Wednesday, October 27, 2021

City of San José Celebrates 200th Mexican Independence Day   

SAN JOSÉ, CA – The City of San José, Mayor Sam Liccardo, Councilmembers Jimenez, Carrasco, Esparza and Arenas, along with the Mexican Consulate General, community partners and residents marked the 200th anniversary of Mexico’s Independence. 
“Mexican Independence Day is a time to honor the culture, spirit, and contributions of San José’s Mexican community in San José,” said San José Mayor Sam Liccardo. “It brings me great pride to celebrate the exceptional resiliency, faith and patriotism of Latino/a/x that have left their mark on our city’s past and present, particularly our frontline workers who sacrificed so much through the pandemic. San José will continue to welcome our Lantio/a/x neighbors with open arms.” 
Historically, Mexican Independence Day commemorates the proclamation from Father Miguel Hidalgo y Costilla on September 16th 1810, in the village of Dolores, near Guanajuato calling for the liberation from Spanish rule in Mexico, freeing many Mexicans from slavery that had lasted for more than 300 years. 
“September 16th is our day to celebrate the rich culture and history that makes us Méxicanos,” said Councilmember Magdalena Carrasco. “I’m proud to live in a city and state where diversity is recognized as a strength. Seamos de Durango o Zacatecas, desde las bellas costas de Acapulco, o las sierras de Sinaloa; el amor por nuestra patria nos une a todos. The Mexican community has majorly contributed to the great city of San José, so it’s incredible that we can safely celebrate a 200-year-old legacy with our people, ¡our raza! ¡Que viva México!
The occasion was marked with a traditional el grito, flag raising, live performances by Aztec dancers, Banda, food and art from San José’s Latino/a/x community. City Hall lit up in the colors of the Mexican flag. Green represents the Independence Movement, white represents the purity of faith, and red represents the blood of national heroes. The emblem-shield symbolizes Aztec heritage.
The celebration also reflected and celebrated the many contributions from San José’s Latino/a/x frontline workers during the pandemic and the extreme resilience the community faced during COVID.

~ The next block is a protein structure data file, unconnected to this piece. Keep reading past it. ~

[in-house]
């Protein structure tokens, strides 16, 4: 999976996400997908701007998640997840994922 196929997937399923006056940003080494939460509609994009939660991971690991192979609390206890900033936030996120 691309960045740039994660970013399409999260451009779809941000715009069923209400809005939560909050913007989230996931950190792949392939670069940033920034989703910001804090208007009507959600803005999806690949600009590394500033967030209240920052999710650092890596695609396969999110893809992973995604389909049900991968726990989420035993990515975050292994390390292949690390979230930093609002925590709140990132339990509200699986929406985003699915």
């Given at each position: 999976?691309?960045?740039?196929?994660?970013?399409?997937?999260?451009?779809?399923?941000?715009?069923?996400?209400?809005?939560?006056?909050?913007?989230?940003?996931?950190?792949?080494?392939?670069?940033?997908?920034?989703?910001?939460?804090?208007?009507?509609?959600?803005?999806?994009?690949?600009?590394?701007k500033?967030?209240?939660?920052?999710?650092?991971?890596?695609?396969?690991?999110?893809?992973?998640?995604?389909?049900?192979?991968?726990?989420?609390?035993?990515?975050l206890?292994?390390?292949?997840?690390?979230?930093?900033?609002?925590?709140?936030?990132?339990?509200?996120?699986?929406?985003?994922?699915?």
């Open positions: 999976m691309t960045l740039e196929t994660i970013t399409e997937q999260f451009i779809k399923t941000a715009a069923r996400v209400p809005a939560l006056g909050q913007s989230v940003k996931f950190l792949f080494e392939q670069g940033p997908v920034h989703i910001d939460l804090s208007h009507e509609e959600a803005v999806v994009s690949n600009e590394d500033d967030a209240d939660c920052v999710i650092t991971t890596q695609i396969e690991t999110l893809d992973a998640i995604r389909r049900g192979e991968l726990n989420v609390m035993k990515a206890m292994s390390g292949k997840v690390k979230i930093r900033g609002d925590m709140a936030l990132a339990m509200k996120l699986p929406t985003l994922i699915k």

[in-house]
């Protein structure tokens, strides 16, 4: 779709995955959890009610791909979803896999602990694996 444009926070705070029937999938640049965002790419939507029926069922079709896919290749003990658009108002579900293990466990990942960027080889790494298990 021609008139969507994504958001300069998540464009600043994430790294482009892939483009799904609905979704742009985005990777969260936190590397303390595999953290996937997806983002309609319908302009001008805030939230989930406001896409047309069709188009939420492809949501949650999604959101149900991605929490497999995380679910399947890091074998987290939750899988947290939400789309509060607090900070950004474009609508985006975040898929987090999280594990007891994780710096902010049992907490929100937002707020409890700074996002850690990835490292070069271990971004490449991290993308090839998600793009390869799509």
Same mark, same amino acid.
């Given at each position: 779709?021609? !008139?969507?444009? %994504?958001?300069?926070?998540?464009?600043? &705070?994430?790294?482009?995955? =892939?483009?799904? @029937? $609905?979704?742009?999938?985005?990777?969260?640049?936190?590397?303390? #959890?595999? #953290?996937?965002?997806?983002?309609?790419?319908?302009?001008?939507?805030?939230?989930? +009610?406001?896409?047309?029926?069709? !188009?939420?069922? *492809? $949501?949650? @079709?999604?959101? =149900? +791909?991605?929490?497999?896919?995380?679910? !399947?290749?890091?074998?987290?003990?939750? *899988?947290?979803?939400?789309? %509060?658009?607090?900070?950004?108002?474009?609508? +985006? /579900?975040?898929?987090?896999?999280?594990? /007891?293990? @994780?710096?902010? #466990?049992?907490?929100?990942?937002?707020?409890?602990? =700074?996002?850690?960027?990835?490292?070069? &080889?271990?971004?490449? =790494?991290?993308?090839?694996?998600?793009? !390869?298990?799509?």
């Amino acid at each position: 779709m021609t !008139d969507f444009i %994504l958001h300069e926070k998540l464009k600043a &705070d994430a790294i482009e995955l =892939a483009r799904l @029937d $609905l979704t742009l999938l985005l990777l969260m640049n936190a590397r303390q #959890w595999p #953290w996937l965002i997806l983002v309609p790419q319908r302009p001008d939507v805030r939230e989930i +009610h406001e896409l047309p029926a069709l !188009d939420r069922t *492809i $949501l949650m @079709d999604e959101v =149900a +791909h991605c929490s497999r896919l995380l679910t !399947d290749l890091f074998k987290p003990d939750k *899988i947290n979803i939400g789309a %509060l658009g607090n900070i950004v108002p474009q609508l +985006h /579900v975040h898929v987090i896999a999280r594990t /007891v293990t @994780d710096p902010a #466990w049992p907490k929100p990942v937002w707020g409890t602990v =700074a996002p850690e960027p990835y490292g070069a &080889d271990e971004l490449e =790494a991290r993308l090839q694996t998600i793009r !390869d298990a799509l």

“It is an honor being joined by the Mexican American community, local authorities and friends of México as we celebrate 211 years of the beginning of México war of Independence and 200 years of its culmination,” said Consulate General of Mexico in San José, Alejandra Bologna. “San Jose has always welcomed the immigrant community and recognized its contributions to the economic, political and cultural development of this great city and the generous state of California. Our community proved once more throughout the current pandemic that the United States can rely on the essential of its work, dedication and love for the country they call home.”
The Mexican Independence Day Celebration was organized by Councilmember Carrasco and the Mexican Consulate General, and sponsored by Mayor Liccardo and Councilmembers Jimenez, Peralez, Esparza, and Arenas.
“As an immigrant born in Mexico I am proud to celebrate Mexican Independence Day at City Hall,” said Councilmember Sergio Jimenez. “Mexicanos are an integral part of San Jose’s rich and diverse history. We honor those contributions and affirm our values as a welcoming City for all.” 
“Growing up in San José as the son of an immigrant from Mexico, it is an honor to be able to raise the Mexican flag and celebrate Mexican Independence Day at City Hall,” said Councilmember Raul Peralez. “Not only to recognize the contributions of my father but also those of the many members of our community that have helped shape San José to be a diverse and proud city.”
“The COVID-19 pandemic hit the Latino/a community extremely hard, and after this past year, it is an honor to come together to celebrate Mexican Independence Day at City Hall,” said Councilmember Maya Esparza. “While it is a celebration, it is also a reminder to get vaccinated so we can continue coming together as a community”. 
“Mexico’s history spans back thousands of years and yet it’s been only 200 years since Mexico broke free from European colonialism,” said Councilmember Sylvia Arenas. “It brings me great pride as a Mexican-American woman to honor the spirit and resiliency of my ancestors through the celebration of the bicentennial anniversary of Mexican Independence. This celebration is an opportunity to renew my commitment towards creating a shared future of opportunity and prosperity for generations to come.”
Photos Courtesy of the Office of Mayor San Liccardo.